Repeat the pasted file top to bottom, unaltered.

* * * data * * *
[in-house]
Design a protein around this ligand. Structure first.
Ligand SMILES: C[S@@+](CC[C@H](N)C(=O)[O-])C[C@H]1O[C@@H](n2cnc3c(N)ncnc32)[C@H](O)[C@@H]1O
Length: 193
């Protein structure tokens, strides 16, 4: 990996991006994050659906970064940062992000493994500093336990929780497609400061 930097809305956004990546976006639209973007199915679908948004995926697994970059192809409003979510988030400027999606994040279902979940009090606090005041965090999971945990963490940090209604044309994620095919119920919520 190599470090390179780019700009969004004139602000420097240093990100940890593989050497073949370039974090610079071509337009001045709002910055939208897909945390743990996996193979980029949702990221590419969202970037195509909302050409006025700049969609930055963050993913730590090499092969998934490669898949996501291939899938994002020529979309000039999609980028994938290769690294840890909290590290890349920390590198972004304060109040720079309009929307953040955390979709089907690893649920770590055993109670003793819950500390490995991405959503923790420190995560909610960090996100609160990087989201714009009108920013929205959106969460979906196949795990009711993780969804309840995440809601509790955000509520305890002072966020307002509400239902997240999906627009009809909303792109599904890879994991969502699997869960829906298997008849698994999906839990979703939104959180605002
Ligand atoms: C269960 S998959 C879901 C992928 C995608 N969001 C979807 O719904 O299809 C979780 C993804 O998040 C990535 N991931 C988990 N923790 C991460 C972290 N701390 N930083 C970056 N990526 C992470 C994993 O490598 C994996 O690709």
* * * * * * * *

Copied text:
[in-house]
Design a protein around this ligand. Structure first.
Ligand SMILES: C[S@@+](CC[C@H](N)C(=O)[O-])C[C@H]1O[C@@H](n2cnc3c(N)ncnc32)[C@H](O)[C@@H]1O
Length: 193
């Protein structure tokens, strides 16, 4: 990996991006994050659906970064940062992000493994500093336990929780497609400061 930097809305956004990546976006639209973007199915679908948004995926697994970059192809409003979510988030400027999606994040279902979940009090606090005041965090999971945990963490940090209604044309994620095919119920919520 190599470090390179780019700009969004004139602000420097240093990100940890593989050497073949370039974090610079071509337009001045709002910055939208897909945390743990996996193979980029949702990221590419969202970037195509909302050409006025700049969609930055963050993913730590090499092969998934490669898949996501291939899938994002020529979309000039999609980028994938290769690294840890909290590290890349920390590198972004304060109040720079309009929307953040955390979709089907690893649920770590055993109670003793819950500390490995991405959503923790420190995560909610960090996100609160990087989201714009009108920013929205959106969460979906196949795990009711993780969804309840995440809601509790955000509520305890002072966020307002509400239902997240999906627009009809909303792109599904890879994991969502699997869960829906298997008849698994999906839990979703939104959180605002
Ligand atoms: C269960 S998959 C879901 C992928 C995608 N969001 C979807 O719904 O299809 C979780 C993804 O998040 C990535 N991931 C988990 N923790 C991460 C972290 N701390 N930083 C970056 N990526 C992470 C994993 O490598 C994996 O690709």